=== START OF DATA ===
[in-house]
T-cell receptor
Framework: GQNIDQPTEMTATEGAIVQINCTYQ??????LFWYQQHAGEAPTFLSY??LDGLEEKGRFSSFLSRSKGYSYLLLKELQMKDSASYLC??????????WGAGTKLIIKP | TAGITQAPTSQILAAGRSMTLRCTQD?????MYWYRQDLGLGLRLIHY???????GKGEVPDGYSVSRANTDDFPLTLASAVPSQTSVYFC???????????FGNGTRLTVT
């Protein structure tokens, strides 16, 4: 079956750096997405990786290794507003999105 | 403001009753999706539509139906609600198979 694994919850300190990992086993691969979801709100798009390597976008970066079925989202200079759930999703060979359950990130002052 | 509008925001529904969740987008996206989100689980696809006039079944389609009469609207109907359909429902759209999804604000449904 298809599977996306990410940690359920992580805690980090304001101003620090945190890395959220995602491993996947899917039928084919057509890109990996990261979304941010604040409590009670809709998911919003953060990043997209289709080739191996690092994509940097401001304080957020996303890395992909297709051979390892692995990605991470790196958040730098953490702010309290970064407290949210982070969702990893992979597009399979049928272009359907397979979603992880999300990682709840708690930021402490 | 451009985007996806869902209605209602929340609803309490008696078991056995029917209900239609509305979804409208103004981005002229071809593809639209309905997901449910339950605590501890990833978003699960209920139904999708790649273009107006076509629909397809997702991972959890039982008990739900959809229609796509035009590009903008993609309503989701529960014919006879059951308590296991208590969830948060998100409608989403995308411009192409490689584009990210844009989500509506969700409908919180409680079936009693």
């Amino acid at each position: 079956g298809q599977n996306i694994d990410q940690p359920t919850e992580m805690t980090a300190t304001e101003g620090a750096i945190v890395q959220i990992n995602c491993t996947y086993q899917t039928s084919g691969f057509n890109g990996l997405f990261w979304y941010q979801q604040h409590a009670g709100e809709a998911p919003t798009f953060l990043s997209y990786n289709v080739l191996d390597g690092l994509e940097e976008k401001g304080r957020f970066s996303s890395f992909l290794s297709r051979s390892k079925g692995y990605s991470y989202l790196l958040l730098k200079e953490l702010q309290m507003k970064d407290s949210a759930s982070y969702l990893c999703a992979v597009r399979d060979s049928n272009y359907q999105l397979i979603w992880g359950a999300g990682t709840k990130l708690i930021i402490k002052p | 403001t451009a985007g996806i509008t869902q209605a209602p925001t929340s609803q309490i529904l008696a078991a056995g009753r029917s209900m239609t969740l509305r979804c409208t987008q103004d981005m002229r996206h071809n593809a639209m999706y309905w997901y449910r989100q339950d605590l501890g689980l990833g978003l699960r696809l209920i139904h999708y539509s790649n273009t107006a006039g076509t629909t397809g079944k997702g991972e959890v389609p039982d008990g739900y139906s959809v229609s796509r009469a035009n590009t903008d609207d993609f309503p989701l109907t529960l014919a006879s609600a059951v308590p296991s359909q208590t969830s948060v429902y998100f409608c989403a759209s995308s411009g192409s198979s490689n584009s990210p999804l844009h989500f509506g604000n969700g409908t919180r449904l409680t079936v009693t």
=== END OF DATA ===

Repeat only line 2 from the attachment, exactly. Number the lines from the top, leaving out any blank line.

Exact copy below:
T-cell receptor